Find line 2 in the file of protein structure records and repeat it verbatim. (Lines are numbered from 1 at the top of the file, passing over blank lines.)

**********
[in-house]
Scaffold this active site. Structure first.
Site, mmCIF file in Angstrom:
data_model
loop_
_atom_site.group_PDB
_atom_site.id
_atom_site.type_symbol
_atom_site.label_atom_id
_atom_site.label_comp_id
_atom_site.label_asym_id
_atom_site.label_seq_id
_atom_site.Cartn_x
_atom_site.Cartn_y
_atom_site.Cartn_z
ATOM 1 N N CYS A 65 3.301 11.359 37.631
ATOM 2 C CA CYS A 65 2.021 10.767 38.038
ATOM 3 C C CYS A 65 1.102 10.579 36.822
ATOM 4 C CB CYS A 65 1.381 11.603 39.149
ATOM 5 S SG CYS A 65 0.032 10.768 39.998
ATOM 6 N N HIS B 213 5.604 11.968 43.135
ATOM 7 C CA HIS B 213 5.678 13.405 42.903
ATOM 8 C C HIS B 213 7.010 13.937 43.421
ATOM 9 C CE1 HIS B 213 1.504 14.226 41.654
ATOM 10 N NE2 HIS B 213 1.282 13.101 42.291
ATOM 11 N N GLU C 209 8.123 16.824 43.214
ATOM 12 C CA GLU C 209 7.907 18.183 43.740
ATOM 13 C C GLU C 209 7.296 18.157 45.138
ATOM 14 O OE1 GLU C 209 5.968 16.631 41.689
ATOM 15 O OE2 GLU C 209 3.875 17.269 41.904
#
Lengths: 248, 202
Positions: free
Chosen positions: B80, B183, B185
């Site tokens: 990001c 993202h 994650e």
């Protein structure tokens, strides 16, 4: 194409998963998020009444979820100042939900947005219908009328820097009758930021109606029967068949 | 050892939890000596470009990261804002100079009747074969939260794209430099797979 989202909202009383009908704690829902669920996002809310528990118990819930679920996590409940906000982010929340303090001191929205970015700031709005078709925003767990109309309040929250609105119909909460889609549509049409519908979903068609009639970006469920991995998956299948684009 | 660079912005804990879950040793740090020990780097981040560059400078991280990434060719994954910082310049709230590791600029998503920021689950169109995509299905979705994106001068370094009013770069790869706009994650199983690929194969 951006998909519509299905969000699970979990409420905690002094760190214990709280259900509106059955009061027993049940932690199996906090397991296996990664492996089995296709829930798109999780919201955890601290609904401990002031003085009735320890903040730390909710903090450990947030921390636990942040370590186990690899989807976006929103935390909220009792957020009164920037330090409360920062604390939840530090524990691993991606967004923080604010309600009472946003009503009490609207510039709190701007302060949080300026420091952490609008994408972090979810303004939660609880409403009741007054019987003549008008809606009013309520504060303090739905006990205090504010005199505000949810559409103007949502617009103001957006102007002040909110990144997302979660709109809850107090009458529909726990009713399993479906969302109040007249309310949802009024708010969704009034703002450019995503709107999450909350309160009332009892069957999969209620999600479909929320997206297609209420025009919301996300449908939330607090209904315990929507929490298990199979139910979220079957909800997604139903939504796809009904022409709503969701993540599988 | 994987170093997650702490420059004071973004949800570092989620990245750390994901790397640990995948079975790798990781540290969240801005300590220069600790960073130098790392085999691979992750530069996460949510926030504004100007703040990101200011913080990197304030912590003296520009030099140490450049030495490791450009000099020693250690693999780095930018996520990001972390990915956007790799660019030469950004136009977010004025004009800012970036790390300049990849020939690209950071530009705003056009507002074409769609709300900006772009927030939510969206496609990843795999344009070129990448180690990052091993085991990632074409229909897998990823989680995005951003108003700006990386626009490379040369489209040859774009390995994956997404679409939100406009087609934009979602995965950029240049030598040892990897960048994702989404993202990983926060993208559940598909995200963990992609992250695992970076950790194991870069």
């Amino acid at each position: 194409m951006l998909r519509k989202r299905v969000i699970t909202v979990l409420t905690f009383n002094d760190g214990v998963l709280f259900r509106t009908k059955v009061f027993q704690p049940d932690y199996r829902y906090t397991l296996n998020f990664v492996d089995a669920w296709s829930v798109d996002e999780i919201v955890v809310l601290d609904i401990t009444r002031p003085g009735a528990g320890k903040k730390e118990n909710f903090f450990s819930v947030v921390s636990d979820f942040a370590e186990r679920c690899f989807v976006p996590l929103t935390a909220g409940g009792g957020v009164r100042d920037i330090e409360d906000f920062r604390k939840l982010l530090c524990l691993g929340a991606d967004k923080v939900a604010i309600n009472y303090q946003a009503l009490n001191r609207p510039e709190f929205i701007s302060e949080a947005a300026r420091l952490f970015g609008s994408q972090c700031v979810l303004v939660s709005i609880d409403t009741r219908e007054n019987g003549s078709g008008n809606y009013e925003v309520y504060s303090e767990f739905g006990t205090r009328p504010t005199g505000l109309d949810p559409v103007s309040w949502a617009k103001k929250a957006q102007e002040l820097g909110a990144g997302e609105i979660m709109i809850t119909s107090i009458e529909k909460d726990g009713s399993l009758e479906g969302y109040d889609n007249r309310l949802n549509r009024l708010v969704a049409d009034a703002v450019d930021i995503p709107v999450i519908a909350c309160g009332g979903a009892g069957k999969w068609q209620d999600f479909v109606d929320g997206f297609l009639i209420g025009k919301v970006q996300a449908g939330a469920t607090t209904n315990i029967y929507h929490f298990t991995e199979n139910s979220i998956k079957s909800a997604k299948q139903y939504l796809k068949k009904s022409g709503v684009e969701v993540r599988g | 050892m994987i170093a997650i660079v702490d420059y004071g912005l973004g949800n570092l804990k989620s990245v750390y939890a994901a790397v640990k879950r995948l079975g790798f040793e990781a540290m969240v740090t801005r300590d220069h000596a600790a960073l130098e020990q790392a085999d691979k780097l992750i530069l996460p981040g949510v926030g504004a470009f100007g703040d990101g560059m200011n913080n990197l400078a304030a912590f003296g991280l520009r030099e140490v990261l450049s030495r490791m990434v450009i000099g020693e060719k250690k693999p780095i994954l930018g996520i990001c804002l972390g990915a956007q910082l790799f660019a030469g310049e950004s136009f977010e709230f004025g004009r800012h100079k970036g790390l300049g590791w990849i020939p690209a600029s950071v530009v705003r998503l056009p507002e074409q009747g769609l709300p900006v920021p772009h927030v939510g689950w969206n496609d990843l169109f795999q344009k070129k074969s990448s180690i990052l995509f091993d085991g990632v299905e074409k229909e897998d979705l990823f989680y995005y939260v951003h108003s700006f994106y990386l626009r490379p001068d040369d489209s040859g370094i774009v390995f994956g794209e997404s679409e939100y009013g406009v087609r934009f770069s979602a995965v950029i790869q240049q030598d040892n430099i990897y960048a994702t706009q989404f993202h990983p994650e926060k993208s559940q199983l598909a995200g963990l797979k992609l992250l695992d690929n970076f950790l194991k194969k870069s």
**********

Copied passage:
Scaffold this active site. Structure first.